◆Assistive Hearing Devices are available at the rear of the church. This is an infrared system which works best if you face towards the front of the church.
◆Please help us keep tidy by picking up bulletins and hymn books after the service and returning them to the carts at the entrances of the church. Thanks
◆Prayers: Please feel free to light a candle at the chancel steps, or phone Sherman Hesselgrave with your special prayer requests.
◆Join Holy Trinity’s e-mail list! Contact Alison Kemper at:
<alisonkempe@yahoo.co.uk>
◆Scent Free Zone: Please refrain from wearing perfume, cologne, after-shave and highly scented personal hygiene products.
◆Personal Belongings should be kept with you at all times. Sadly we cannot ensure their safety.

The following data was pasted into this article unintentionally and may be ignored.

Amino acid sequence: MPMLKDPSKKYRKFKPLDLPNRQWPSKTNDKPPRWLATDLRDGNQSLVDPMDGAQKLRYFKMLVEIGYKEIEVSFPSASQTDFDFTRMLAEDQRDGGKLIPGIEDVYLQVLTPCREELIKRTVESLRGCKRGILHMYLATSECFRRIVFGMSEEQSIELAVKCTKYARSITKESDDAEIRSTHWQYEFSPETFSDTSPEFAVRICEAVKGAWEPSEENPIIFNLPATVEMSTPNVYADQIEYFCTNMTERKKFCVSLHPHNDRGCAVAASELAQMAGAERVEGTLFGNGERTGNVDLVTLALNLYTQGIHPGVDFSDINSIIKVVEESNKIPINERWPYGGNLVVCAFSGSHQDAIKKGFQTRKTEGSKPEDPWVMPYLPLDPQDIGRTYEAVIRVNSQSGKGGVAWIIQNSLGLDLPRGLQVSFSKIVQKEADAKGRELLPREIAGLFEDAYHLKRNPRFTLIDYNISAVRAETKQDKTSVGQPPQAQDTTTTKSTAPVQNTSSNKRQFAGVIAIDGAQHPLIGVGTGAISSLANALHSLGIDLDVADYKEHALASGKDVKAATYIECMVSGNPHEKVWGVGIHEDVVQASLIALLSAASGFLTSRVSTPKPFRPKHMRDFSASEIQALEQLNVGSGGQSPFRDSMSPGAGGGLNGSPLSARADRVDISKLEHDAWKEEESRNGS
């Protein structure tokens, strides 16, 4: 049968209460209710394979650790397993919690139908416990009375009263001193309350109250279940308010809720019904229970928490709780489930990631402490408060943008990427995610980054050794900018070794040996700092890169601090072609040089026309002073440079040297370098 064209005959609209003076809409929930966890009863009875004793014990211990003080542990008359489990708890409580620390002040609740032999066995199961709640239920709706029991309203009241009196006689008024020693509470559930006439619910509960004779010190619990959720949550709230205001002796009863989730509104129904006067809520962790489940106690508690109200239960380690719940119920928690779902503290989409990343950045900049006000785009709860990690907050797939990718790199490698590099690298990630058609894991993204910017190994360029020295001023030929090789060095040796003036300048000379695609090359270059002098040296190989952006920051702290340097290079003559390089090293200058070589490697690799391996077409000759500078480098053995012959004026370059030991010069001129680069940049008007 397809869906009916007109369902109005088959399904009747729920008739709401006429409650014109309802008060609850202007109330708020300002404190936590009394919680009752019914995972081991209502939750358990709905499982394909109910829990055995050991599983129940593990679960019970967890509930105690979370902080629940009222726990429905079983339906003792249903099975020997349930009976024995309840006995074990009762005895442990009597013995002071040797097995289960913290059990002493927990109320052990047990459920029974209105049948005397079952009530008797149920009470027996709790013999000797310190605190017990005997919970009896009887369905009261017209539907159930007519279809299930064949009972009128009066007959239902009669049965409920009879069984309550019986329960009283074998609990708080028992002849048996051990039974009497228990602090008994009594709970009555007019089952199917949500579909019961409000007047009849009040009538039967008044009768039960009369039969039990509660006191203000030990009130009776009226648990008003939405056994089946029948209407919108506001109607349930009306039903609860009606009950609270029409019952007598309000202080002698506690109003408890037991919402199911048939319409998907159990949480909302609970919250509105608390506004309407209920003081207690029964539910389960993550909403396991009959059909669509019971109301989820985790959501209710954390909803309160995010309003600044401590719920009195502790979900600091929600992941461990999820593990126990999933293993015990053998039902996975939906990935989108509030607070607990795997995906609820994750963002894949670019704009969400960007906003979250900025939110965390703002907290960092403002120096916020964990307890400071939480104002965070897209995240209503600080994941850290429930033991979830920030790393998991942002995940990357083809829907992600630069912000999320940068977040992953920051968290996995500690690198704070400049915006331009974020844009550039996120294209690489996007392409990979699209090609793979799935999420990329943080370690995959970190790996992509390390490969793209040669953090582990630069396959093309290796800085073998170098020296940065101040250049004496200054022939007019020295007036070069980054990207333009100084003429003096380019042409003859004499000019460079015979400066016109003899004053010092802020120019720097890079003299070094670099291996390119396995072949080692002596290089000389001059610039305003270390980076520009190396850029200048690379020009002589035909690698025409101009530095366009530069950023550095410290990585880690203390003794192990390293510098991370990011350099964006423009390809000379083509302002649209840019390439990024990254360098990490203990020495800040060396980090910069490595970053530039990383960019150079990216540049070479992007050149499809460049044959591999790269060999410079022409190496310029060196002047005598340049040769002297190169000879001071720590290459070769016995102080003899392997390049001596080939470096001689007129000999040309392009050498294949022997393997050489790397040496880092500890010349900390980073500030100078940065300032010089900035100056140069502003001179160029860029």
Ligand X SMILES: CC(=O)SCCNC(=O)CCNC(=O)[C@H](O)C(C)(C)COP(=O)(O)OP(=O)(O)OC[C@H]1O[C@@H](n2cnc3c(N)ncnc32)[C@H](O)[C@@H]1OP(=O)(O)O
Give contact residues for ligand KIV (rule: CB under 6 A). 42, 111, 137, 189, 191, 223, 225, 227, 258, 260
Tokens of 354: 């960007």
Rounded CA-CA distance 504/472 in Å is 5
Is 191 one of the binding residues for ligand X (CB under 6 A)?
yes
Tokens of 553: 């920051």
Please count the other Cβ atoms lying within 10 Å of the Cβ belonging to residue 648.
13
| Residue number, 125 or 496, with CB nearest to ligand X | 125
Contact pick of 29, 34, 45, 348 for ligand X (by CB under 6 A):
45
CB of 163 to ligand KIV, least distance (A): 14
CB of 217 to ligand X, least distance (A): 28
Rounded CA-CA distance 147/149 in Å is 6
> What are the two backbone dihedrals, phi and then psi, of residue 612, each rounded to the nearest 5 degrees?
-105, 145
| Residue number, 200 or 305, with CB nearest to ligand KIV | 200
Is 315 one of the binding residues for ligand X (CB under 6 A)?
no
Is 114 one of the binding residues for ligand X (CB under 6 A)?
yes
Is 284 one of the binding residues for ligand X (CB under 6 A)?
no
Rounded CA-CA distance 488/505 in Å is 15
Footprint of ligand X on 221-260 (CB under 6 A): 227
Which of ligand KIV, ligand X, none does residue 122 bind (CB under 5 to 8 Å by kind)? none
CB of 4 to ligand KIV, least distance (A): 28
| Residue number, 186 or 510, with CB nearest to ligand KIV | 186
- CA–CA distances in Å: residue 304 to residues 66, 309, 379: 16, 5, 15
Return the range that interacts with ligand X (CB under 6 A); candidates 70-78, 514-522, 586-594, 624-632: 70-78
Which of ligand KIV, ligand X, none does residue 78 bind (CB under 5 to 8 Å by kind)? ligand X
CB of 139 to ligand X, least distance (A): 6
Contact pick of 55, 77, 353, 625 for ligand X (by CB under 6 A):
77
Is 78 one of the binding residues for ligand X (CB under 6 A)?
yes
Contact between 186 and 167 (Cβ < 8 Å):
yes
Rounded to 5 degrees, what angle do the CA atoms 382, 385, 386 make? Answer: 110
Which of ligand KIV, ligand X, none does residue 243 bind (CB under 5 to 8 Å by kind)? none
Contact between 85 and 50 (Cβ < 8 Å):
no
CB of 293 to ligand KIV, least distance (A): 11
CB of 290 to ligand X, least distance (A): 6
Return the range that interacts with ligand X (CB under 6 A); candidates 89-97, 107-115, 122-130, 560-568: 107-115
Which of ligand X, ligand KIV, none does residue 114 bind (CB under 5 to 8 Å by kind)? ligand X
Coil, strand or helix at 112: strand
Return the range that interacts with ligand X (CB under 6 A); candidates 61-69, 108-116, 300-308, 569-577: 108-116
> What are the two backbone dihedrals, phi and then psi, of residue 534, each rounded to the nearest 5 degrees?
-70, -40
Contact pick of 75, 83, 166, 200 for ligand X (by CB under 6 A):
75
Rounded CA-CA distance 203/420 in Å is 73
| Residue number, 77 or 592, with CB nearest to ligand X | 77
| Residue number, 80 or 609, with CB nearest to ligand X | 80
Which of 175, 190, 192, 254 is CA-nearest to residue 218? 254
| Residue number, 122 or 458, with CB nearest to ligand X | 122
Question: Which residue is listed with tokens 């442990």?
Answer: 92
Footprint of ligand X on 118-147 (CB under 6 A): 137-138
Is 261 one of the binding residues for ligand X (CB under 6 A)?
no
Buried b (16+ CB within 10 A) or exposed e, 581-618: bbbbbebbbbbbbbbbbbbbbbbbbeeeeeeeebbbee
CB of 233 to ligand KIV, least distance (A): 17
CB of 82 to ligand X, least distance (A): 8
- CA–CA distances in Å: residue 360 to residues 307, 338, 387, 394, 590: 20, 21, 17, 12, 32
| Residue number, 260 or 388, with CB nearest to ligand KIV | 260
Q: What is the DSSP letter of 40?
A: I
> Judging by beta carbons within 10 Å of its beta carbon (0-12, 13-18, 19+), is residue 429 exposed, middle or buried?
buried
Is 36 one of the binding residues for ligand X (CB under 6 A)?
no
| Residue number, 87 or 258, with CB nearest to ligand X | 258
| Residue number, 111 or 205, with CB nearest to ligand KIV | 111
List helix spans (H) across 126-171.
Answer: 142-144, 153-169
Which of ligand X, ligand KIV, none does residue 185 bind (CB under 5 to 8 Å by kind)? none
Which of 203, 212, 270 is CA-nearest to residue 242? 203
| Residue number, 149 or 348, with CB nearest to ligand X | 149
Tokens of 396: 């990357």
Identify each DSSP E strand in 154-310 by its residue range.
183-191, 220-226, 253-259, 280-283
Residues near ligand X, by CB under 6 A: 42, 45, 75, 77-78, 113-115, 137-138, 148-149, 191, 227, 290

Members, please help newcomers and visitors keep track of their belongings.    Services
Sundays
10:30 – festive contemporary Eucharist in inclusive language with music
2:00 – San Esteban misa en español – Spanish service with the community of San Esteban.
Wednesdays at 12:15pm brief spoken Eucharist with informal discussion of the day’s readings
Parish Groups and Committees
◆Worship Committee: Contact: Lee Creal: 416-466-4216
◆Refugee Committee: Contact Gail Holland 905-427-9668
◆Congregational Care Committee: Contact: Sherman Hesselgrave
◆Property Committee: Contact: Jim Dolmage 416-531-26
Parish Activities and Announcements:
◆The Homeless Memorial is on the second Tuesday of every month at 12:00 outside the south doors of the church.
◆Advent Wreaths: The new year is coming: please return your advent wreath frame  to Jennifer, Joyce or Merylie.
◆Please help keep our space looking sharp!!